Revolutionary Iran: A History of the Islamic Republicby Michael AxworthyAllen Lane, 2013.Iran is a country that, in many ways, proves the old saying that “no news is good news.” When the country does appear in the world’s media, it is invariably a story about hostage-taking, political unrest, nuclear brinkmanship or terrorism.
Michael Axworthy’s new book is a valuable attempt to get behind the headlines and discuss the modern history of the country. Pitched squarely at the general reader, he admits in his introduction that his goal is to dispel many of the misconceptions, misunderstandings and distortions that have crept into Western perceptions of Iran.
In doing so Axworthy focuses mostly on the political developments in the country over the last 35 years, attempting to sum up the trajectory of the country since the 1979 revolution that transformed it from an oil-rich, pro-Western monarchy into the world’s only Shi’ite theocracy and a mortal enemy of the world’s only superpower. This is a tall order for a single-volume history that clocks in at just over 400 pages, and Axworthy mostly succeeds. The pivotal events in the life (up to now) of the Islamic Republic, such as the revolution, the hostage crisis and the Iran–Iraq War, are each worthy of books of their own, but are dealt with concisely but reasonably fully in Axworthy’s account. He also makes skillful use of Farsi sources, incorporating extracts from eyewitness accounts and the work of modern Iranian writers to good effect.
Additionally, Axworthy displays a great deal of sympathy for Iran and its citizens, enough to neutralize the reflexive Western perceptions of the country and its government as belligerent and fanatical. ِِِِِAt the same time, he does not gloss over the paranoia and ruthless cruelty that has often characterized the approach of the Islamic Republic’s government to its enemies.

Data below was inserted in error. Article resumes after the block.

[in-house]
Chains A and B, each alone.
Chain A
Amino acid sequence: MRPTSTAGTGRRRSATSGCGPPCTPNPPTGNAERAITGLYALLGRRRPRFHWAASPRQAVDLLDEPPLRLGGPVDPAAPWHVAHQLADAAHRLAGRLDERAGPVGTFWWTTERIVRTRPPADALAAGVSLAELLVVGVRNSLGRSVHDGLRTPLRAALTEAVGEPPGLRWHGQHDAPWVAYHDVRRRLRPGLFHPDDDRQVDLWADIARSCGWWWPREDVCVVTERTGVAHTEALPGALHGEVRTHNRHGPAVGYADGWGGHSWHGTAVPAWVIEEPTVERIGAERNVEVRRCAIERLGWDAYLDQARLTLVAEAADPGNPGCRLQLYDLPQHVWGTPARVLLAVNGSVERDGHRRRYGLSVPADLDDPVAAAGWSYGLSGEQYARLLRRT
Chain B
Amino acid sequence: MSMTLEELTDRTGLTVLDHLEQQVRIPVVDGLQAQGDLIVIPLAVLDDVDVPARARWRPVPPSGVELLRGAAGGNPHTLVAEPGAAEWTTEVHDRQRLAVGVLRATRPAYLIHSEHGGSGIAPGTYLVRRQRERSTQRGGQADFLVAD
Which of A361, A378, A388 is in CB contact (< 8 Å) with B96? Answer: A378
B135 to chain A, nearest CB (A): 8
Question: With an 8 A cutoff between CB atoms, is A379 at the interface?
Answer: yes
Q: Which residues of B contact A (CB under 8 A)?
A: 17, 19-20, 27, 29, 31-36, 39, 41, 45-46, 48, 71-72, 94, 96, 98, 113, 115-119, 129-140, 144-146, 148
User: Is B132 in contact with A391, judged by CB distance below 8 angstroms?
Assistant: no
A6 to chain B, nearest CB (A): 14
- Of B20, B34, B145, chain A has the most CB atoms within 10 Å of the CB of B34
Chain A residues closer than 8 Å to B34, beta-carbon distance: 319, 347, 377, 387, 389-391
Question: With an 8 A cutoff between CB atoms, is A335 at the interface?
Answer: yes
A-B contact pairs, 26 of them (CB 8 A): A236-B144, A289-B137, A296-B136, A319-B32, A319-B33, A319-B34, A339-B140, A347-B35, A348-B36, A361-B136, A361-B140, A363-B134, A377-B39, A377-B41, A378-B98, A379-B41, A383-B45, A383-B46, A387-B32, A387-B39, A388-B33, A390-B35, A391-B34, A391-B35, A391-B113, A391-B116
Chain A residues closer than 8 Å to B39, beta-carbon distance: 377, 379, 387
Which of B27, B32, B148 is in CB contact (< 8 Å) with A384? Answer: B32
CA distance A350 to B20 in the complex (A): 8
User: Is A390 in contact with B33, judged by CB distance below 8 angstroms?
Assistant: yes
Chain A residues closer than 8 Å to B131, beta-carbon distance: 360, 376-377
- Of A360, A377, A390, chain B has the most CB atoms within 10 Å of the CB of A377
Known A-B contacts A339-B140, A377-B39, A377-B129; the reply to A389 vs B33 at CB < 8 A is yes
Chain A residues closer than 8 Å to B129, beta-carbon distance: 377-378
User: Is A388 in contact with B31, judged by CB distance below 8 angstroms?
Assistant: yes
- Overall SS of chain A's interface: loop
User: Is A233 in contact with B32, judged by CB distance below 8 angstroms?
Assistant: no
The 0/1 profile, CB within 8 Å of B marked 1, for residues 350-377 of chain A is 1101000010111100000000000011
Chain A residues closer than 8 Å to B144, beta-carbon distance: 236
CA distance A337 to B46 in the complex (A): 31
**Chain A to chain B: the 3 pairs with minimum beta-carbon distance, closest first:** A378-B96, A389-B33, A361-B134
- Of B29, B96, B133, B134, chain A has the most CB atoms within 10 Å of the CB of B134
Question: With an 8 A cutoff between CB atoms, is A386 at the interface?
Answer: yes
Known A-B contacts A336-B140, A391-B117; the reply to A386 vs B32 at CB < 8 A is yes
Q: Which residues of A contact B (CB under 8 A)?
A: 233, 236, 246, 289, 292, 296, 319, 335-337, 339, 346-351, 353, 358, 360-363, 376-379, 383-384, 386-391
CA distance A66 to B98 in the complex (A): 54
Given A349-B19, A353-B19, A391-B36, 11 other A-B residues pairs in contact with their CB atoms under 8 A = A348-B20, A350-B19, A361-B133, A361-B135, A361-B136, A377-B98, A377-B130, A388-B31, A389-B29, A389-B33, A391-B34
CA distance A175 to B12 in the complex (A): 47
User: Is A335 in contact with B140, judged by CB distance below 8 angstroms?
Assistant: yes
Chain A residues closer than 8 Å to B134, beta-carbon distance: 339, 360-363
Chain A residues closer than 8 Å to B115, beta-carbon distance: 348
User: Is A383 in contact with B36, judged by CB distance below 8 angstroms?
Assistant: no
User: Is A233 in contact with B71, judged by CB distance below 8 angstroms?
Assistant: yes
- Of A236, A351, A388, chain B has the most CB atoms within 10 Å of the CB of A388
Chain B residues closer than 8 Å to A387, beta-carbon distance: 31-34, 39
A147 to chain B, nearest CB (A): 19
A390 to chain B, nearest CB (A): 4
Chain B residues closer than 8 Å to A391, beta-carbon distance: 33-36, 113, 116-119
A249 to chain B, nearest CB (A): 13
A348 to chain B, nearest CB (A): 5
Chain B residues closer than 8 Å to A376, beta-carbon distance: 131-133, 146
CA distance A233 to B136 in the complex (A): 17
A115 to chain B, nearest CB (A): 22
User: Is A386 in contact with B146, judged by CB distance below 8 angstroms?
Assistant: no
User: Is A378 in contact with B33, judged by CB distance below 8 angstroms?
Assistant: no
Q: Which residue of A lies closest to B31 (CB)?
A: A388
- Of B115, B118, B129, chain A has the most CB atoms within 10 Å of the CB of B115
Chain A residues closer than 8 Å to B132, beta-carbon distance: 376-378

He also avoids sentimentalizing or romanticizing the country and the struggles it has faced, though he admits an admiration for Iran and its people in his introduction, saying that its citizens are justifiably proud of their civilization’s “great poetry, great music, wonderful food and great rice.” He accepts the view, for instance, that Iran did indeed have a nuclear bomb development program at one point, which some defenders of the country’s right to enrich uranium hotly dispute. He is also deeply critical of Mahmoud Ahmadinejad’s more eccentric behavior, writing of the 2006 Tehran conference of Holocaust deniers that “[perhaps] not since the release of Mel Brook’s The Producers can something simultaneously so appalling, so inadvertently hilarious and so bogglingly tasteless have burst upon the scene.”
The strengths of the book—its brevity and readability—are also to some extent symptoms of its flaws. Throughout the work, Axworthy’s voice is present. It is the voice of someone with a great depth of knowledge of Iran, its politics and society, but one that is indelibly stamped with the author’s own feelings and perspective. In researching and synthesizing the previous three and a half decades of Iranian history, the author has left his own mark on it in this book, sometimes uncomfortably close to the surface. This, however, is a minor quibble, and is much more a question of tone than substance.
Overall, this is a useful book. A reader unfamiliar with Iran can be confident that they will have gained new insight into its domestic politics and relations with the outside world upon finishing it.